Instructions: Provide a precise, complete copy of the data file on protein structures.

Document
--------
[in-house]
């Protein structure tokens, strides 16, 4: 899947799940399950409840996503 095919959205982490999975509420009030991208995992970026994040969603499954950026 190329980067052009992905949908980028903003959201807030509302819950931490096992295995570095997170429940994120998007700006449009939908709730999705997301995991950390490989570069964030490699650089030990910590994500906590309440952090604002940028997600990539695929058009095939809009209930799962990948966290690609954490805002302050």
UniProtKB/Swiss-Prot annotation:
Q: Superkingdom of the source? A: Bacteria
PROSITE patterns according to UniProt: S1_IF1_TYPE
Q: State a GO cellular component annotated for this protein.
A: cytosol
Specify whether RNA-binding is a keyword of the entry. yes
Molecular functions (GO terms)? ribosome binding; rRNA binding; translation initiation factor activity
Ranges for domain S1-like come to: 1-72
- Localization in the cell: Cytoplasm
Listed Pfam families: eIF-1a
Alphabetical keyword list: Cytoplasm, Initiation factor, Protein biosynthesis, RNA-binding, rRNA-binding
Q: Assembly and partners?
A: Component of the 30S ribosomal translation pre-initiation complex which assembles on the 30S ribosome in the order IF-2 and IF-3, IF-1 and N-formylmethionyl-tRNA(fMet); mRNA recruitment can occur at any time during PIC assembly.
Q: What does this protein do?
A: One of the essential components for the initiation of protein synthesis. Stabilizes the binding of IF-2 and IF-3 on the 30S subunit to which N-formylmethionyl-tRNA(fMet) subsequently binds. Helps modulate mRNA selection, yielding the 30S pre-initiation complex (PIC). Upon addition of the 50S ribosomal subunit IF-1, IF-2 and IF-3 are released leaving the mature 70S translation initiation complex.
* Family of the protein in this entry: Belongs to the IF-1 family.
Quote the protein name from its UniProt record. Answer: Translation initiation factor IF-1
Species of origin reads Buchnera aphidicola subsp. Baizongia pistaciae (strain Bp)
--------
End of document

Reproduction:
[in-house]
């Protein structure tokens, strides 16, 4: 899947799940399950409840996503 095919959205982490999975509420009030991208995992970026994040969603499954950026 190329980067052009992905949908980028903003959201807030509302819950931490096992295995570095997170429940994120998007700006449009939908709730999705997301995991950390490989570069964030490699650089030990910590994500906590309440952090604002940028997600990539695929058009095939809009209930799962990948966290690609954490805002302050």
UniProtKB/Swiss-Prot annotation:
Q: Superkingdom of the source? A: Bacteria
PROSITE patterns according to UniProt: S1_IF1_TYPE
Q: State a GO cellular component annotated for this protein.
A: cytosol
Specify whether RNA-binding is a keyword of the entry. yes
Molecular functions (GO terms)? ribosome binding; rRNA binding; translation initiation factor activity
Ranges for domain S1-like come to: 1-72
- Localization in the cell: Cytoplasm
Listed Pfam families: eIF-1a
Alphabetical keyword list: Cytoplasm, Initiation factor, Protein biosynthesis, RNA-binding, rRNA-binding
Q: Assembly and partners?
A: Component of the 30S ribosomal translation pre-initiation complex which assembles on the 30S ribosome in the order IF-2 and IF-3, IF-1 and N-formylmethionyl-tRNA(fMet); mRNA recruitment can occur at any time during PIC assembly.
Q: What does this protein do?
A: One of the essential components for the initiation of protein synthesis. Stabilizes the binding of IF-2 and IF-3 on the 30S subunit to which N-formylmethionyl-tRNA(fMet) subsequently binds. Helps modulate mRNA selection, yielding the 30S pre-initiation complex (PIC). Upon addition of the 50S ribosomal subunit IF-1, IF-2 and IF-3 are released leaving the mature 70S translation initiation complex.
* Family of the protein in this entry: Belongs to the IF-1 family.
Quote the protein name from its UniProt record. Answer: Translation initiation factor IF-1
Species of origin reads Buchnera aphidicola subsp. Baizongia pistaciae (strain Bp)